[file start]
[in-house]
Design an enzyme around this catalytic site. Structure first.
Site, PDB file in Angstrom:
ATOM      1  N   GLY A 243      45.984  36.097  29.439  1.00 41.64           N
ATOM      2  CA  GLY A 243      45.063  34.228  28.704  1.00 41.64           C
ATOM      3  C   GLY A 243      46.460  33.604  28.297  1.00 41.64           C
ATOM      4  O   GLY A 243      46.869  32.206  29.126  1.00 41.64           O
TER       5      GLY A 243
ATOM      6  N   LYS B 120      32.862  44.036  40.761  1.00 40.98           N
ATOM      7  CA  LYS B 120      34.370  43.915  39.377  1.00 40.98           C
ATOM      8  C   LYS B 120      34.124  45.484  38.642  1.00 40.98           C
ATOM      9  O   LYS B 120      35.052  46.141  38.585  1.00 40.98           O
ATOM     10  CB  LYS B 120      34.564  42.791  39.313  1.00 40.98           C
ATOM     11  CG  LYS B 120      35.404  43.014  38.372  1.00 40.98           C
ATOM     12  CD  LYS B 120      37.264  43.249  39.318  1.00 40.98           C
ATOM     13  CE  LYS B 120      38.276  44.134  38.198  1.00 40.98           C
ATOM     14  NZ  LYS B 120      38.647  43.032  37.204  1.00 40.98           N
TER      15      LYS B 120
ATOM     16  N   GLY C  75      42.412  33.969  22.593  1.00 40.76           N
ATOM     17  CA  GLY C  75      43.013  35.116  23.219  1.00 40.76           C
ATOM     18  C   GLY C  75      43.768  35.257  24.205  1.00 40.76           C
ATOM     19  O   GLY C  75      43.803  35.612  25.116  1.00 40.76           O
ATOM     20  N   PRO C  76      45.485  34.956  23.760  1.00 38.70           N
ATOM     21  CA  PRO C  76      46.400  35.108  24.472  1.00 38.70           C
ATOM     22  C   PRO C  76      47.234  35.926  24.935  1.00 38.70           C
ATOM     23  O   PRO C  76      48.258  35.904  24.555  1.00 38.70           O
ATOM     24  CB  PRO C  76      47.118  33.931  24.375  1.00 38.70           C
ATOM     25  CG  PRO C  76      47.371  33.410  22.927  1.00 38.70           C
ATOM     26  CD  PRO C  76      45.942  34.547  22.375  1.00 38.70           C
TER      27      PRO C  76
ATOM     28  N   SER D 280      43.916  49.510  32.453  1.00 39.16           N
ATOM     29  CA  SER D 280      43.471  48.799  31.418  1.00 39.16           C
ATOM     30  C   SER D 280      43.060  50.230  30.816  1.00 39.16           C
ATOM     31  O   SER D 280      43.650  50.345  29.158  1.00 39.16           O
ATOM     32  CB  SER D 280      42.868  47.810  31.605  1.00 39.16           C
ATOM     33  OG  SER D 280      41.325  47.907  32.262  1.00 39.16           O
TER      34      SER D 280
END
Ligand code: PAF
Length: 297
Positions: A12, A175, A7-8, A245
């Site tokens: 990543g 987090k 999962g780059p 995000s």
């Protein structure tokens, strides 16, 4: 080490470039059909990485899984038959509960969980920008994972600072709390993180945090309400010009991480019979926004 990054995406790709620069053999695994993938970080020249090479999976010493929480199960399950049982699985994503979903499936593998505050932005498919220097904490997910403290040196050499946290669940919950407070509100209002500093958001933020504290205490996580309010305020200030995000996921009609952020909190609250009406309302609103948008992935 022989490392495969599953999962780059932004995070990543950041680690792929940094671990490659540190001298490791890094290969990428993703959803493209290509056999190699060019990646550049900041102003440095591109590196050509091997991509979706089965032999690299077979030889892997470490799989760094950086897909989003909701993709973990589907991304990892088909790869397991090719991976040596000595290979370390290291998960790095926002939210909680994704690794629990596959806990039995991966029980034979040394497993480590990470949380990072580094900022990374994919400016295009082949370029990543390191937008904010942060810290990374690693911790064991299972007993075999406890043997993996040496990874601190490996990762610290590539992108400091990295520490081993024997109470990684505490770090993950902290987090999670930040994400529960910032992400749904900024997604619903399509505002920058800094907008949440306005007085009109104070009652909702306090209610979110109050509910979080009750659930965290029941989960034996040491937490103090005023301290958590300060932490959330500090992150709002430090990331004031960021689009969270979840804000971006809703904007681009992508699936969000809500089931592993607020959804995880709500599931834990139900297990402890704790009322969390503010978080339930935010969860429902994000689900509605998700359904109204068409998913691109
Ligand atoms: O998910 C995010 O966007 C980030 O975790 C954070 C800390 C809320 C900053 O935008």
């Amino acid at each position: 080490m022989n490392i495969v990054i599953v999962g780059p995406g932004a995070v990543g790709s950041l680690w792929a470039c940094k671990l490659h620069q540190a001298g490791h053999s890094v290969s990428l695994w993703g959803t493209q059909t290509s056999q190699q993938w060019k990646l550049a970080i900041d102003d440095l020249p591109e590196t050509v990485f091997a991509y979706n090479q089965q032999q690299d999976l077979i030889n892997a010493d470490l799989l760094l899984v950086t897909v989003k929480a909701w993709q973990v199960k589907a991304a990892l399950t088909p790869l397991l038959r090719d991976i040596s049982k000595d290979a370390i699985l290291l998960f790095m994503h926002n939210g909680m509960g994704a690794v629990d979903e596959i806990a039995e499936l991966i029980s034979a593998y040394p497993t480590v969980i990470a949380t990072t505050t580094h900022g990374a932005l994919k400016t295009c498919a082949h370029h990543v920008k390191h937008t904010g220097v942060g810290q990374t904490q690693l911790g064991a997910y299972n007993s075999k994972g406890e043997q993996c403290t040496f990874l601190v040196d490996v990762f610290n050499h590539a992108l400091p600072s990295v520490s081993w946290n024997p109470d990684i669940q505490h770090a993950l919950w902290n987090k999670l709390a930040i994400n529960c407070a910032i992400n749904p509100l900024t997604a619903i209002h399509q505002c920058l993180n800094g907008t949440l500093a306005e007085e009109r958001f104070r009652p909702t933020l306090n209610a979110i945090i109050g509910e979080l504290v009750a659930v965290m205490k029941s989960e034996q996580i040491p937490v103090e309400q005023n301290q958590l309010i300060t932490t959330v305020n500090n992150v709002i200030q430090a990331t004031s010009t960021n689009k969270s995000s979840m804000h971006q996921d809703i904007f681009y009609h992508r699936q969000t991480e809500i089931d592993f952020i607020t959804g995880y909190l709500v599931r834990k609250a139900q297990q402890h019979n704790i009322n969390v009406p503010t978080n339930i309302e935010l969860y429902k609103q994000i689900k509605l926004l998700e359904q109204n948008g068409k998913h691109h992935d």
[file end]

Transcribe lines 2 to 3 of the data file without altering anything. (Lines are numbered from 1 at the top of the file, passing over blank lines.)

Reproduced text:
Design an enzyme around this catalytic site. Structure first.
Site, PDB file in Angstrom: